We think it’s important to share what a week like this unexpectedly eventful one means for a small charity like Alopecia UK.

In case you’re reading this and wondering why our week was ‘unexpectedly eventful’, alopecia was brought into the public eye after Hollywood actor Will Smith jumped on the stage and slapped comedian Chris Rock at this year’s Oscars ceremony. A joke from Chris suggested Will’s wife, Jada Pinkett Smith (who has previously spoken of her struggles with alopecia), could star in ‘GI Jane 2’, a role for which Demi Moore famously shaved her head.

By 10am on Monday morning, we had our reaction to the events published on our website in the form of this blog post (which we recommend reading for our thoughts on what took place). 

We feel it is worth mentioning at this point, Alopecia UK does not have a media team. Or a communications team. Alopecia UK is run by 7 members of staff (only 3 of them working full-time) delivering our aims of Support, Awareness and Research. Whenever a news story appears that has an alopecia angle, we try our best to ensure accurate statements about alopecia are made, the psychological impact is heard and that ideally some signposting to Alopecia UK is included. Getting a media statement and blog post out in such a short amount of time was no mean feat!

In the past, we have seen our fair share of media storms but this last week has been a media HURRICANE. The phone was ringing non-stop on Monday and Tuesday, but instead of people looking for alopecia support, it was journalists and producers wanting words from us. We lost track of how many calls and emails we received but believe we dealt with more than 70 media requests. There is A LOT of work involved in getting that many journalists what they need. It also takes us away from the work we planned in for the week and we must pick and choose what can wait! Our CEO Sue, who has only been in position a matter of months and was returning to work following a week of annual leave, spent the entirety of her working days on Monday and Tuesday dealing with media enquiries.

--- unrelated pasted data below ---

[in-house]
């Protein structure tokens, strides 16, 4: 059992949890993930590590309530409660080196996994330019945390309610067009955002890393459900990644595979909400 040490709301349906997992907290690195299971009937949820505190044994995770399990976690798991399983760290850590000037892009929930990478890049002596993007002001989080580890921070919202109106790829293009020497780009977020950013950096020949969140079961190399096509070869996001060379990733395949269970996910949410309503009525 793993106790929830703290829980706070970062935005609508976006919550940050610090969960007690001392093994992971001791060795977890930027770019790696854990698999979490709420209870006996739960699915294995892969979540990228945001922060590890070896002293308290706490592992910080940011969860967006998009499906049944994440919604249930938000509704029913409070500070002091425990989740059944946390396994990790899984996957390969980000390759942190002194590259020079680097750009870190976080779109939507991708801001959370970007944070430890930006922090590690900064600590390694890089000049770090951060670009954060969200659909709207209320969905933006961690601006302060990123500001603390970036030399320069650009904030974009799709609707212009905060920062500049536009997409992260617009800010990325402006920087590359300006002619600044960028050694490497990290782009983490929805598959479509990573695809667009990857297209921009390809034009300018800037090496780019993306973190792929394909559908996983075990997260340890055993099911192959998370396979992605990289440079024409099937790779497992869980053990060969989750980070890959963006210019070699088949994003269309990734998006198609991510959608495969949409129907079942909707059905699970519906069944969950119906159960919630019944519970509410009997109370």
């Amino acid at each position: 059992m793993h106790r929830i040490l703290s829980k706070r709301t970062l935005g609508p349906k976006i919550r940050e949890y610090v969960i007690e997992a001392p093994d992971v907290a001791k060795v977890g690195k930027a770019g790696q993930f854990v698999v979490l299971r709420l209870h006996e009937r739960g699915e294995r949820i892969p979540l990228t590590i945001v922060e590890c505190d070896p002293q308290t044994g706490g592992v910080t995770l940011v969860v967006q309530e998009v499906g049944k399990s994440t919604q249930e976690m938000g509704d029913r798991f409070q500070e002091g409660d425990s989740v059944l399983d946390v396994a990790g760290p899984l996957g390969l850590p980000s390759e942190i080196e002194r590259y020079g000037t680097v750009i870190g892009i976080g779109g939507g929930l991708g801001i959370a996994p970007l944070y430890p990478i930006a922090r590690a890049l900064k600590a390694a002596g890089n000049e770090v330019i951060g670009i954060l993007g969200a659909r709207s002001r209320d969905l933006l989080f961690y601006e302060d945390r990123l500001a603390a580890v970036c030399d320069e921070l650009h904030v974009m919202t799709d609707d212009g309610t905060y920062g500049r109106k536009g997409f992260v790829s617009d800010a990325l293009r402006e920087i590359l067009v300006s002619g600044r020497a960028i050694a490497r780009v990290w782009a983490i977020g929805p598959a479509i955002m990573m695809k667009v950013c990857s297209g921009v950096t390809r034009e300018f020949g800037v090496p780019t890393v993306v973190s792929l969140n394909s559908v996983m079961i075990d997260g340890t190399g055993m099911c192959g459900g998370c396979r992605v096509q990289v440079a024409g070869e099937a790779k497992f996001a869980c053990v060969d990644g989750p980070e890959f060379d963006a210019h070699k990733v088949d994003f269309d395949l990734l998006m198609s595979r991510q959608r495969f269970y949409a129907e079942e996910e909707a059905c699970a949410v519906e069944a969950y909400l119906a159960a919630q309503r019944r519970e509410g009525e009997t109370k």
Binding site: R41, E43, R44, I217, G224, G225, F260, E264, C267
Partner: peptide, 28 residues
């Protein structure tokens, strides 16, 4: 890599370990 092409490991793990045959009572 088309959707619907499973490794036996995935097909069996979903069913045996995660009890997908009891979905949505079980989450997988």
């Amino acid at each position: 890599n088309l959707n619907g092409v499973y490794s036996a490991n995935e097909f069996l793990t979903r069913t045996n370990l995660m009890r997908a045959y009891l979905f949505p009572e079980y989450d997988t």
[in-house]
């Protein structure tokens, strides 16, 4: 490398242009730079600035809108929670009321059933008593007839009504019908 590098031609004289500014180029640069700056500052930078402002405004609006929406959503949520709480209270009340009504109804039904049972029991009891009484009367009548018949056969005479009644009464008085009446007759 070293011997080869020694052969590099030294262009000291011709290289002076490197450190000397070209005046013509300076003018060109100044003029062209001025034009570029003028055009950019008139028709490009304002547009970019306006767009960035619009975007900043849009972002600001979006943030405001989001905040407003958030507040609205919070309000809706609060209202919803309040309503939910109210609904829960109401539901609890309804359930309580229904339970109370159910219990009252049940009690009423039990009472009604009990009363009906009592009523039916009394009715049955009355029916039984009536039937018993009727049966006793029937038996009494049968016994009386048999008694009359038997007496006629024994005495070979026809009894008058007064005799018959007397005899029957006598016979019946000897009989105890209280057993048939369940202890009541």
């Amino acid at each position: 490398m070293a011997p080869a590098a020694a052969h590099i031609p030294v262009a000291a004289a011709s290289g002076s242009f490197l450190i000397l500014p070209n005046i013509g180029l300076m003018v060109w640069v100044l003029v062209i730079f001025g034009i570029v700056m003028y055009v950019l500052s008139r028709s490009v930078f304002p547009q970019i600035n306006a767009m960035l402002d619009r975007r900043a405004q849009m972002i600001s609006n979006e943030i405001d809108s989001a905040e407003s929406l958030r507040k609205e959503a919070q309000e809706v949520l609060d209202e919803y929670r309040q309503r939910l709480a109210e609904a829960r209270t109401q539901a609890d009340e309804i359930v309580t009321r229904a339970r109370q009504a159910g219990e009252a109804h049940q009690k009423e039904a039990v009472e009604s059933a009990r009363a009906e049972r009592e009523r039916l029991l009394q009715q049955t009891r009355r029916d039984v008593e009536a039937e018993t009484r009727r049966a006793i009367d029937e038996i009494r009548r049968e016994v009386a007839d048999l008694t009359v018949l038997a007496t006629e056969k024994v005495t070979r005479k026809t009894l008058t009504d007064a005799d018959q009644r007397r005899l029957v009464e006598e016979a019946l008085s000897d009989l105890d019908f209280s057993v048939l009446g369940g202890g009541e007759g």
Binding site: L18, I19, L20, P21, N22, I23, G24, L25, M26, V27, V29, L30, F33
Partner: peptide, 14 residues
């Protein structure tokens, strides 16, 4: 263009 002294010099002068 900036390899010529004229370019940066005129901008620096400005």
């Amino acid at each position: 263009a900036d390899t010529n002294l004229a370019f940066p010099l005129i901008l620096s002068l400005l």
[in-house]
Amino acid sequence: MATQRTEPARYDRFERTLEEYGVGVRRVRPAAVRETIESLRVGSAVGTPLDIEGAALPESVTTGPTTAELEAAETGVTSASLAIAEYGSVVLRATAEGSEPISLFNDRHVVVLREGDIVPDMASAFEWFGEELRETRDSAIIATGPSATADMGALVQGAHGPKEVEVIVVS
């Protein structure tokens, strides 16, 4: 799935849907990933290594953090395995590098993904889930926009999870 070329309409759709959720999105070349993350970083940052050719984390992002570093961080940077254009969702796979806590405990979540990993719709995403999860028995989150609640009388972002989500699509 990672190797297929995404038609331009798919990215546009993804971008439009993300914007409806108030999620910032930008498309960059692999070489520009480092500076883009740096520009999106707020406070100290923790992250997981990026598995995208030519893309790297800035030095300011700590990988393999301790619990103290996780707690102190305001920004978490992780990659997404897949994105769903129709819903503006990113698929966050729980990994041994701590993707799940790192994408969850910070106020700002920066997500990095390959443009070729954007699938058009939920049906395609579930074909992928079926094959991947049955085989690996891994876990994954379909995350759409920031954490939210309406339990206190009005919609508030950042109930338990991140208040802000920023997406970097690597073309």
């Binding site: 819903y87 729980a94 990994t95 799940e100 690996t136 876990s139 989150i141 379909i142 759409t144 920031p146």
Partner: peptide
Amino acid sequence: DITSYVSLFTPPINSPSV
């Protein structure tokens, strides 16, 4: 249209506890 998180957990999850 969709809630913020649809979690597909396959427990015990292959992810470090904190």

We had to chuckle to ourselves when one media outlet introduced their piece about the Oscars incident with “It’s the kind of exposure groups like Alopecia UK can only dream of”. We want to put it on the record right now, this was NOT a dream awareness opportunity! Let us explain why. It has been a battle to get alopecia, and its psychological impact, to be the focus of any discussion. The Oscars incident had so many layers to it and there have been lots of discussion points including violence, toxic masculinity, race, when is a joke not a joke etc.

This was not an ‘alopecia story’, demonstrated by our CEO Sue being asked questions such as: “Would you husband have hit Chris Rock?” and “What was worse, the joke or the slap?”. These are not questions that a CEO of a national alopecia charity should be fielding!

Whilst we cannot speak for every individual affected by alopecia, we do try to speak for the community, as a whole, that we serve. This week, we have seen a community that has been deeply affected by the news events, regardless of the opinions held about the joke or the resulting violence. There has been an outpouring of posts and comments in our private Facebook group from people affected by alopecia who have been hurt and upset this week. People who watched Jada’s face as the comment was made and were taken back to the various jokes they have encountered over the years. Members of our Youth Voice Board have told us how it’s been overwhelming to be in school this week as ‘the student with alopecia’ when so many opinions are being thrown around. People have told us that it has been hard to see their friends share opinions about Jada’s hair loss which they have felt have invalidated their own feelings too.